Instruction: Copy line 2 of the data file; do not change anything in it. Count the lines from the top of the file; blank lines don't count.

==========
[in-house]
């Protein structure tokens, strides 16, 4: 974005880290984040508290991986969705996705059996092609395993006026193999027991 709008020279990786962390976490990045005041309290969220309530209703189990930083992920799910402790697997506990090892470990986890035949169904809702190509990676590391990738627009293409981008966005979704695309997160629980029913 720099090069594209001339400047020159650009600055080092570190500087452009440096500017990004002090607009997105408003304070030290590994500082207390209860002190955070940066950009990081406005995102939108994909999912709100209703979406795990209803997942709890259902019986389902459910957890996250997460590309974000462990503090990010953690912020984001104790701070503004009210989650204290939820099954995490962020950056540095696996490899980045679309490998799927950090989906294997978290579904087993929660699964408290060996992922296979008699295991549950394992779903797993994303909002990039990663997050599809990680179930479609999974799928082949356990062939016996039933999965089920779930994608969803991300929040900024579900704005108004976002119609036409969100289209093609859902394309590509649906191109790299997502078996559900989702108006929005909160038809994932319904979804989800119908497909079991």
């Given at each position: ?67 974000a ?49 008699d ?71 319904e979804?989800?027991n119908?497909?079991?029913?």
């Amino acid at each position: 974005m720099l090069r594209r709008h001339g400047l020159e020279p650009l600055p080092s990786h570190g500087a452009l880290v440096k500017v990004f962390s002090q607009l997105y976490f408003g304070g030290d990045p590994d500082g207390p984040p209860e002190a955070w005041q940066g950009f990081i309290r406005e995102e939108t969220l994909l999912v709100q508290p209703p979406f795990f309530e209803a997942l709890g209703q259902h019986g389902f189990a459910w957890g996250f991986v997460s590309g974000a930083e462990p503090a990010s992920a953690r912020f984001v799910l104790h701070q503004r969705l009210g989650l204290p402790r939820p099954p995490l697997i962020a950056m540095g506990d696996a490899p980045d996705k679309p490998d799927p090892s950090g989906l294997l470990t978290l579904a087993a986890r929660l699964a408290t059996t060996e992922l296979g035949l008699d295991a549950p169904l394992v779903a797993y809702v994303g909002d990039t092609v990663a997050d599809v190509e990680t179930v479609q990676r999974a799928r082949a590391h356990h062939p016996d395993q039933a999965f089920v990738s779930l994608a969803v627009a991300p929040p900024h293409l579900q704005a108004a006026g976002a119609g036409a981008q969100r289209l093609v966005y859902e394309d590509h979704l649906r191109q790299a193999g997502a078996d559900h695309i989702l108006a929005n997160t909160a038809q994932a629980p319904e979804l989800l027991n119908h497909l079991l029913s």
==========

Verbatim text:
């Protein structure tokens, strides 16, 4: 974005880290984040508290991986969705996705059996092609395993006026193999027991 709008020279990786962390976490990045005041309290969220309530209703189990930083992920799910402790697997506990090892470990986890035949169904809702190509990676590391990738627009293409981008966005979704695309997160629980029913 720099090069594209001339400047020159650009600055080092570190500087452009440096500017990004002090607009997105408003304070030290590994500082207390209860002190955070940066950009990081406005995102939108994909999912709100209703979406795990209803997942709890259902019986389902459910957890996250997460590309974000462990503090990010953690912020984001104790701070503004009210989650204290939820099954995490962020950056540095696996490899980045679309490998799927950090989906294997978290579904087993929660699964408290060996992922296979008699295991549950394992779903797993994303909002990039990663997050599809990680179930479609999974799928082949356990062939016996039933999965089920779930994608969803991300929040900024579900704005108004976002119609036409969100289209093609859902394309590509649906191109790299997502078996559900989702108006929005909160038809994932319904979804989800119908497909079991």